• The Method Signature preview will be updated as you make changes to the page, giving you an idea of what your method will look like once generated.
  4. Click the Add button again to add a method that will return details of a specific customer.

    • The URL path field specifies the path at which this method can be reached, relative to the containing resource.
      In this case we specify {id}, which means this resource method can be reached at /customers/{id}. The curly braces denote a URI variable. These variables are substituted at runtime in order for a resource to respond to a request based on the substituted URI.
    • Click Add to add a method parameter which can be directly edited in the table. Since we need the value of the id variable, we use the PathParam annotation to map it to the cId parameter.
  5. Finally, add a method which allows us to add a new customer to our list.

    • In this case, we're responding to a POST request and expect application/xml input which would be deserialized into the customer parameter.
    • The customer parameter is an Entity parameter (unannotated) and is mapped directly from the message body of the incoming request.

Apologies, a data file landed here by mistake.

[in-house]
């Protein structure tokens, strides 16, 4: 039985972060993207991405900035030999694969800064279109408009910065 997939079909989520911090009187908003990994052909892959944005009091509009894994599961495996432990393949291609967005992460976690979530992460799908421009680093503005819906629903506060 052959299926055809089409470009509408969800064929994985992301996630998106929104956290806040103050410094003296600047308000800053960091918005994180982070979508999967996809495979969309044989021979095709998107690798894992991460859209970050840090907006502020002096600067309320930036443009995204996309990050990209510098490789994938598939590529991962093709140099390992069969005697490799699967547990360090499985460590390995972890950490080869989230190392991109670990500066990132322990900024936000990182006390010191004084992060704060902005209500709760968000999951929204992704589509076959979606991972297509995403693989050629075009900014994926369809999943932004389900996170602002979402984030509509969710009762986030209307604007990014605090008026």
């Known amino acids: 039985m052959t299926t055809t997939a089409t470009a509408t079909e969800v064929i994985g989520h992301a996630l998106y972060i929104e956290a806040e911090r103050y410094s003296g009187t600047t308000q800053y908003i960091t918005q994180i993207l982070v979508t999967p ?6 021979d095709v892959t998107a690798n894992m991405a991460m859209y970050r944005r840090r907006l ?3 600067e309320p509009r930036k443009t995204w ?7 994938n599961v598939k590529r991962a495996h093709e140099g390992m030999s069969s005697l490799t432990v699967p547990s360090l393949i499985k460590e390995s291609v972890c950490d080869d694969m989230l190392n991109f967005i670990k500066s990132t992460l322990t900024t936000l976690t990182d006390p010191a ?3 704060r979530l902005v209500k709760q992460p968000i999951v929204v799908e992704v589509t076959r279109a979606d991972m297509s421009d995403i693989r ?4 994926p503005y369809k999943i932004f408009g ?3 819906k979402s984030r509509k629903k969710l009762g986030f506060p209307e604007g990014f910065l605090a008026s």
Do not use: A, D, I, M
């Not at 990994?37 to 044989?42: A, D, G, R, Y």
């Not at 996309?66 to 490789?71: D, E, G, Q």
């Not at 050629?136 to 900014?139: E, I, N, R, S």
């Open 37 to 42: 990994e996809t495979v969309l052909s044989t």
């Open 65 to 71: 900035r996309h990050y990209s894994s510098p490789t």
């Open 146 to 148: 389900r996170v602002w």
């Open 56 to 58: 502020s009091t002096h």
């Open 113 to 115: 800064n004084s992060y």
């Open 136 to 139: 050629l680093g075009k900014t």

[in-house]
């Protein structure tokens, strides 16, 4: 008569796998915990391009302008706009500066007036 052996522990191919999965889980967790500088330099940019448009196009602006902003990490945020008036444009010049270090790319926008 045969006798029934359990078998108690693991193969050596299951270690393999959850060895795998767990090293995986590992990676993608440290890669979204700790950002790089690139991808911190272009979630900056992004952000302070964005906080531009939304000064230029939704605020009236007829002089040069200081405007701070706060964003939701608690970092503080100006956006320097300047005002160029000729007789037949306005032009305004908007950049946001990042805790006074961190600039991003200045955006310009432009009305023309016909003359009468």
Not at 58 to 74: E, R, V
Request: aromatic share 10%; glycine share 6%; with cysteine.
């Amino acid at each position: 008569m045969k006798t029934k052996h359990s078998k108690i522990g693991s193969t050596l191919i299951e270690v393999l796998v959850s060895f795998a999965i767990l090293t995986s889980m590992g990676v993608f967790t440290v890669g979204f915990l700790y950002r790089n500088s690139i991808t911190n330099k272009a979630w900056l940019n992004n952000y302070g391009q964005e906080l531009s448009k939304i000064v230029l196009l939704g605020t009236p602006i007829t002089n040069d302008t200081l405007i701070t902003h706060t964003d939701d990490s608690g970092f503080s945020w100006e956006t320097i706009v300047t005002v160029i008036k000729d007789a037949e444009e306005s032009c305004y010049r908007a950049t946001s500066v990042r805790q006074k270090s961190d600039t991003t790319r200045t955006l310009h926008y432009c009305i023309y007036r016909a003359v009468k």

• We also override the default application/xml output specified by the CustomersResource class and specify text/html instead.
  6. After adding those 3 methods, your wizard should now look like this:

    Click Finish to generate the CustomersResource class, you will see a class with stubbed out resource methods as shown below:

    package com.myeclipseide.ws;

    import java.util.List;

    import javax.ws.rs.Consumes;
    import javax.ws.rs.GET;
    import javax.ws.rs.POST;
    import javax.ws.rs.Path;
    import javax.ws.rs.PathParam;
    import javax.ws.rs.Produces;

    import com.sun.jersey.spi.resource.Singleton;

    @Produces("application/xml")
    @Path("customers")
    @Singleton
    public class CustomersResource {

      @GET
      public List<Customer> getCustomers() {
        throw new UnsupportedOperationException("Not yet implemented.");
      }

      @GET
      @Path("{id}")
      public Customer getCustomer(@PathParam("id"int cId) {
        throw new UnsupportedOperationException("Not yet implemented.");
      }

      @POST
      @Path("add")
      @Produces("text/plain")